A federal court in Washington on Monday cleared the way for President Trump’s election commission to ask states to turn over personal voter information as part of its investigation into Trump’s claims about voter fraud in the 2016 presidential election. The U.S. District Court ruled against the Electronic Privacy Information Center, a public-interest research group that had sought a temporary restraining order to block the Presidential Advisory Commission on Election Integrity. The court rejected arguments that the commission’s request for certain voter data violated Americans’ privacy and that the commission did not follow constitutional proceedings. … The commission has been hit with a flurry of lawsuits since its vice chairman, Kansas Secretary of State Kris Kobach, sent a letter to state officials nationwide June 28 requesting voter information, including dates of birth, partial Social Security numbers and information about which elections voters participated in since 2006.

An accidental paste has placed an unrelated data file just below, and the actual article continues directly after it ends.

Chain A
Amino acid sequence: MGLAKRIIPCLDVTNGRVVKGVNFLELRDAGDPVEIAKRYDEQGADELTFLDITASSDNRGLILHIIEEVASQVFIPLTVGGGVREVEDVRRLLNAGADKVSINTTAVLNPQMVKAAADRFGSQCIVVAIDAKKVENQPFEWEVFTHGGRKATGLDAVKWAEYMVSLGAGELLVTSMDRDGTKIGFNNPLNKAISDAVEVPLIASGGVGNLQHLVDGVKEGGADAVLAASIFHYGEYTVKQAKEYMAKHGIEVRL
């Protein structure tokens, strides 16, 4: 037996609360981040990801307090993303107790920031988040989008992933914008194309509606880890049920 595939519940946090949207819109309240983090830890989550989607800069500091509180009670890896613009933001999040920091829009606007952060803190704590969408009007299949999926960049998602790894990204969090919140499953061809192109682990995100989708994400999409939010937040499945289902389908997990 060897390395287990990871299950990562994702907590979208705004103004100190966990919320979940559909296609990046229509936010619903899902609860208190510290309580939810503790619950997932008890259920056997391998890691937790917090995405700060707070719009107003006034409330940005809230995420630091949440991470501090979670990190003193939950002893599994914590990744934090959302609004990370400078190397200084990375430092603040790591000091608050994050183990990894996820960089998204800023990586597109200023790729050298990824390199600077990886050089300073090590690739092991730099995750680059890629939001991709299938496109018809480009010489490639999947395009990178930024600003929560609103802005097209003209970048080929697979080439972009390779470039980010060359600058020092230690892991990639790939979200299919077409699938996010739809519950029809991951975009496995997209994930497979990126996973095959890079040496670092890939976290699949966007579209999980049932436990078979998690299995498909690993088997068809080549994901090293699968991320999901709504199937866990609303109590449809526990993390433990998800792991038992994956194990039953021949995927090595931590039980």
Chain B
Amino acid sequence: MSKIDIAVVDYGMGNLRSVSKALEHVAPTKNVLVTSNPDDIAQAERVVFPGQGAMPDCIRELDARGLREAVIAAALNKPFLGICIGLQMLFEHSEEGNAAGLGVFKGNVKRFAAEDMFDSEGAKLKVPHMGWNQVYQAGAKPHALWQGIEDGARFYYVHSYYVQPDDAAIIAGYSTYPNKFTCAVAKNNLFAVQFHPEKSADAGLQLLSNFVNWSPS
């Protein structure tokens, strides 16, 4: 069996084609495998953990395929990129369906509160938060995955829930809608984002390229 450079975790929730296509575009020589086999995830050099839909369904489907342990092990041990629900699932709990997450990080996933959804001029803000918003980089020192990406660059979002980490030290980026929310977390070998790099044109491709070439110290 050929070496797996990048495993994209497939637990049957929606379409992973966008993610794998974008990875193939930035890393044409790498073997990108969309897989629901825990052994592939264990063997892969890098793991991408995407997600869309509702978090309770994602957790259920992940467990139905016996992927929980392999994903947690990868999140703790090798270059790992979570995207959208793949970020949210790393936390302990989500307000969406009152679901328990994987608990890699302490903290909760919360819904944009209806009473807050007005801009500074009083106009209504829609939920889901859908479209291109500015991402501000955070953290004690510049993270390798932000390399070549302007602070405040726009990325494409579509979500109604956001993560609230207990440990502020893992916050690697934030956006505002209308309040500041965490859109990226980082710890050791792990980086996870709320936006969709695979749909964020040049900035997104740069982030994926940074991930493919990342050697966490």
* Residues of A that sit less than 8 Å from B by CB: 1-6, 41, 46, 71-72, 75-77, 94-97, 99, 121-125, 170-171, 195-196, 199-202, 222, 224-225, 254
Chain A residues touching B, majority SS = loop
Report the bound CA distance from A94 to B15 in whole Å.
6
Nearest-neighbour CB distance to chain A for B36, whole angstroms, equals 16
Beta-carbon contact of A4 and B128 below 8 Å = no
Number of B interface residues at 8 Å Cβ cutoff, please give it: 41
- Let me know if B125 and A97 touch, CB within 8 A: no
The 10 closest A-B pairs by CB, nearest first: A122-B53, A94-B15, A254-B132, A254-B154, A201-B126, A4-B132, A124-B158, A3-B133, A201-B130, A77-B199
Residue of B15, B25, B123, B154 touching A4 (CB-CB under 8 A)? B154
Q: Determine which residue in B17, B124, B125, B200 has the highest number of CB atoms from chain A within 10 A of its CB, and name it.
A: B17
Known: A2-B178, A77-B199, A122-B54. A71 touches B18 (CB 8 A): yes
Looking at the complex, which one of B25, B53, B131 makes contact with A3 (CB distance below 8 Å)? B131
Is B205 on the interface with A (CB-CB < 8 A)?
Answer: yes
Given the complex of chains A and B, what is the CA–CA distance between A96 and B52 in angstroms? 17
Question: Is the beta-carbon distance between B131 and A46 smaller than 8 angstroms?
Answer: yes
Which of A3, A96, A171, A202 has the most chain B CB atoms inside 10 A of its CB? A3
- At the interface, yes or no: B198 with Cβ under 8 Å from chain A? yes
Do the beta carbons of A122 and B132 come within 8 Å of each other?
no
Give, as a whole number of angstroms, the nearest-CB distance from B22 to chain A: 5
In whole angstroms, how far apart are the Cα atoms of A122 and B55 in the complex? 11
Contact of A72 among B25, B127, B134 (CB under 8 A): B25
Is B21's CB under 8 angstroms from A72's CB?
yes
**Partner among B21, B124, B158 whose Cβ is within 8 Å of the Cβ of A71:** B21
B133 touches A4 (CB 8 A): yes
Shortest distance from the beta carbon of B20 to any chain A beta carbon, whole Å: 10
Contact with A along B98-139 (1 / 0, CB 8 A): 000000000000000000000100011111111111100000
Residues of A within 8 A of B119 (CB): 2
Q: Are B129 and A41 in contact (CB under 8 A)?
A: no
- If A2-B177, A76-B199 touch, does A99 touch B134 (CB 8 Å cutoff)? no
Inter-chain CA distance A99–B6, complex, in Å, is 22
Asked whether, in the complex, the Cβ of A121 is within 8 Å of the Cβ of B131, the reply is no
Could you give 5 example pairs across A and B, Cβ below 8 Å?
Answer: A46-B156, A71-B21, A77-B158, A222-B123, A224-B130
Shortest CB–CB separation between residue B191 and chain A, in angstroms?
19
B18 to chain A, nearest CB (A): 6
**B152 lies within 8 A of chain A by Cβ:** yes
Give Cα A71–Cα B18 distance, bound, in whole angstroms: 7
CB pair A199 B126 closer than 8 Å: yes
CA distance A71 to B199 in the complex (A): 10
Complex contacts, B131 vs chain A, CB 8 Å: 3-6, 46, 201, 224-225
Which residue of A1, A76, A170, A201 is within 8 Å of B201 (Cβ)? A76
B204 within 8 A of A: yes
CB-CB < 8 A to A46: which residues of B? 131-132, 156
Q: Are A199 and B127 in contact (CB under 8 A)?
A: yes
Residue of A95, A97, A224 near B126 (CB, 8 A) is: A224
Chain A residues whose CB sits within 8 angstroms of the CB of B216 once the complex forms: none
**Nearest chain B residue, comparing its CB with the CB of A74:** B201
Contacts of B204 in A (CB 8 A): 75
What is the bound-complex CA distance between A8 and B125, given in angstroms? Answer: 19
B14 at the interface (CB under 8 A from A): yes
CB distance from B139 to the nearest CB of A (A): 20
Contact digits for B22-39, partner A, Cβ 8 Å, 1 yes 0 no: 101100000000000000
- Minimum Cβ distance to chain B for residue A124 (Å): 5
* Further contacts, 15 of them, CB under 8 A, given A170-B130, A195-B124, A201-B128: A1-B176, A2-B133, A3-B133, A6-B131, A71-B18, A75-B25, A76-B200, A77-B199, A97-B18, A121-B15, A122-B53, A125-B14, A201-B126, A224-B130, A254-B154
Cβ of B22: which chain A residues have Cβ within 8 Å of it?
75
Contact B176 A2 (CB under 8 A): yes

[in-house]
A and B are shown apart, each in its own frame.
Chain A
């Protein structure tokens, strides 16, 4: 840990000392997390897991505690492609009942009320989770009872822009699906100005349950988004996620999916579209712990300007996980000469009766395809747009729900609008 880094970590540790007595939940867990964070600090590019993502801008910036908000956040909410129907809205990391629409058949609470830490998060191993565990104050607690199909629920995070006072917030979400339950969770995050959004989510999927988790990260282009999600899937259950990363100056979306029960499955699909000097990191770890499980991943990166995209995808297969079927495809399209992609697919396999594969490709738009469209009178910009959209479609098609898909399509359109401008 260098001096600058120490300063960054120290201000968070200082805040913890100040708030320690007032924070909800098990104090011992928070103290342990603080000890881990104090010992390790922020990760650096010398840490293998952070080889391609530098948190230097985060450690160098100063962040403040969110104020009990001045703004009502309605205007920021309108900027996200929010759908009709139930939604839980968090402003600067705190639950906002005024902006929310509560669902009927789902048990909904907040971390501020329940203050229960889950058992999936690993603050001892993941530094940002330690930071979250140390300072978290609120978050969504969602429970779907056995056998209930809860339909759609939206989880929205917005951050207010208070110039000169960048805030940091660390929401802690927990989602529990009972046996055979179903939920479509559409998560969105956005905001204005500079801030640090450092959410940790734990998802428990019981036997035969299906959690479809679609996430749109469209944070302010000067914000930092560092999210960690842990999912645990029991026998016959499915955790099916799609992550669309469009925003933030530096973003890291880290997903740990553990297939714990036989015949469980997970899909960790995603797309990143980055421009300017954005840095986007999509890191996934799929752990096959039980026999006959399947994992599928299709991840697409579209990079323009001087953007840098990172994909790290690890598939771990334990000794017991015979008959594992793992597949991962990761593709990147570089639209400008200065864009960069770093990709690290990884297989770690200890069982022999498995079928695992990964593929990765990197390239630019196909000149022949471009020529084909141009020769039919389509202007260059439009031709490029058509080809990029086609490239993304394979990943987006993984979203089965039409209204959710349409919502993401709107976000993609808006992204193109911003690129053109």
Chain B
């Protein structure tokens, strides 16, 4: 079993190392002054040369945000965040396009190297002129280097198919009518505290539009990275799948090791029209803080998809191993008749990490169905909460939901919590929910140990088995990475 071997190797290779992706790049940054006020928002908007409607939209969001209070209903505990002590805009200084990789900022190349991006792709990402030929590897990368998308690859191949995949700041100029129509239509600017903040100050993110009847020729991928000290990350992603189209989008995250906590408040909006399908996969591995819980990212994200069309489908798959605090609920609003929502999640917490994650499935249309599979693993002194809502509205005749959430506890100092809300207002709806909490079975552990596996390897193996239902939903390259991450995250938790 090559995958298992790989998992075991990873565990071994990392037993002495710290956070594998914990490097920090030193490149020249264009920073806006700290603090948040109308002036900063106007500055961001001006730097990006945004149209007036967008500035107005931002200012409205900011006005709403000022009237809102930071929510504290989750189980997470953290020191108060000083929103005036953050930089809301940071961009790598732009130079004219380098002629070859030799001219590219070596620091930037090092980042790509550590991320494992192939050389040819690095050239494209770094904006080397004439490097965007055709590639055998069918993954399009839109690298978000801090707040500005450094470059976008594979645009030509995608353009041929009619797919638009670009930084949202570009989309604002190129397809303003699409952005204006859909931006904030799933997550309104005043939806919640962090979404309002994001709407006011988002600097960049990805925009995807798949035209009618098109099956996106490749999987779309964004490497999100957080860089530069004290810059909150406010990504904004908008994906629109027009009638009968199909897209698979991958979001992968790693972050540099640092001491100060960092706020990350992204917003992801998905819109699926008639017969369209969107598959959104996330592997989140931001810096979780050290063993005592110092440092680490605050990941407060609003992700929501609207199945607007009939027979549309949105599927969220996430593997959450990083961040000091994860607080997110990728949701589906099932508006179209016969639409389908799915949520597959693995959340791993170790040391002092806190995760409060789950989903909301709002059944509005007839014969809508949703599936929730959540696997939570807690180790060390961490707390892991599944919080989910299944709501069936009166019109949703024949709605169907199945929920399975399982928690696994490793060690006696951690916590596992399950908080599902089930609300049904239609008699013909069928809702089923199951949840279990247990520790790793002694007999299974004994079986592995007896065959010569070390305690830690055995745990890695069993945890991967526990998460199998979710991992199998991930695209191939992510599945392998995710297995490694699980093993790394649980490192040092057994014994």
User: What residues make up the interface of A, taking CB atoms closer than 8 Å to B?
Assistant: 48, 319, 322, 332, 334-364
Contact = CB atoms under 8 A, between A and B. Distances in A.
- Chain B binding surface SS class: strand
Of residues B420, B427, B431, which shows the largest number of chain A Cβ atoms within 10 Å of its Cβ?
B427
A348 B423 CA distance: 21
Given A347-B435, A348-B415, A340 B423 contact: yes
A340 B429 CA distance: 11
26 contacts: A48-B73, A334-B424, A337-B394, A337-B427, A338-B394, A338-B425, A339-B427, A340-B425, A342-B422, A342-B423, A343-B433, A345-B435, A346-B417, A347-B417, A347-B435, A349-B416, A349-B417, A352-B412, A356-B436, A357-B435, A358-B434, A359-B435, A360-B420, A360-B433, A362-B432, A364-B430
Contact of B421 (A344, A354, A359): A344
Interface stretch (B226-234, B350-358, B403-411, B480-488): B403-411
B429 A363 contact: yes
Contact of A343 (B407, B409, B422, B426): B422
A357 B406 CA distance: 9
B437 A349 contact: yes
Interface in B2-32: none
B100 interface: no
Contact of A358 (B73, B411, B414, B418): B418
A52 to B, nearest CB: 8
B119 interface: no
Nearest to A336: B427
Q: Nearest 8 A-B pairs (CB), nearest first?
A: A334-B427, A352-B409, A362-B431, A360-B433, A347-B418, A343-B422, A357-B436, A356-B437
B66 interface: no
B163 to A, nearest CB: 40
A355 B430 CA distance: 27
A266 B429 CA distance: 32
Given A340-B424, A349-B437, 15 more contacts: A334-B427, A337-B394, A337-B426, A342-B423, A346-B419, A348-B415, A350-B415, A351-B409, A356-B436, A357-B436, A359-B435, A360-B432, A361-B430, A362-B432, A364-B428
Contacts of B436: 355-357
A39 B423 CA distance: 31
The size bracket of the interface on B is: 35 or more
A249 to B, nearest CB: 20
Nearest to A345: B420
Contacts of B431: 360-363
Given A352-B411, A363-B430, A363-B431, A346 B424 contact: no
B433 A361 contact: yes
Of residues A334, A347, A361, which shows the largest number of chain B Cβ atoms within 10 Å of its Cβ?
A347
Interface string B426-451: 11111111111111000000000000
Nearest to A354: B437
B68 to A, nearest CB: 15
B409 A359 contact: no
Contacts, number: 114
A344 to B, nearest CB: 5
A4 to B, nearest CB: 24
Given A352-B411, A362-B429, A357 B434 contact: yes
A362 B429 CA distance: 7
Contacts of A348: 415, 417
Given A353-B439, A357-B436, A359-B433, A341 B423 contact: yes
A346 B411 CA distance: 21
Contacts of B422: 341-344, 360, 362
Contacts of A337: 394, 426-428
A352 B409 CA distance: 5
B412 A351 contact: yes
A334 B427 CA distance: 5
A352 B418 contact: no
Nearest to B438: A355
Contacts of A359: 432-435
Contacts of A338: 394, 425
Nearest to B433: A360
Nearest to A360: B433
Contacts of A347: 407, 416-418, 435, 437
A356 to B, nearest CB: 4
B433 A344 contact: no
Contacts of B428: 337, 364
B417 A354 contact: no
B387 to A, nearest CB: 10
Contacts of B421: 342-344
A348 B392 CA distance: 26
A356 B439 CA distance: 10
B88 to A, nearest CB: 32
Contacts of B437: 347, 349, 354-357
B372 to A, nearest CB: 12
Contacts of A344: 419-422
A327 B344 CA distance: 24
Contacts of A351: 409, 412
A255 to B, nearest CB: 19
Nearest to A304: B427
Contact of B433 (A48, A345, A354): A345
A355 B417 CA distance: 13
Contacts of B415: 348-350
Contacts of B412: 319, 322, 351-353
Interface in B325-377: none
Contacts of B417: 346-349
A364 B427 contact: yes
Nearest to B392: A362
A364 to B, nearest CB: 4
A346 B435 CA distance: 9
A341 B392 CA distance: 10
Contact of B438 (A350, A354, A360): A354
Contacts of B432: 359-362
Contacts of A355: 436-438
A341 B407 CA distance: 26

In addition to the Electronic Privacy Information Center, or EPIC, lawsuit, the Lawyers Committee for Civil Rights Under Law, the American Civil Liberties Union, Public Citizen, Common Cause and the NAACP Legal Defense and Educational Fund have also sued, citing privacy concerns and other alleged violations.
… As of July 18, officials from 21 states have said they will not submit any voter information. Officials from 29 states have agreed to submit information, but said their state laws allow them to provide only some of the information requested. Even Kansas, where Kobach is secretary of state, will only provide partial information.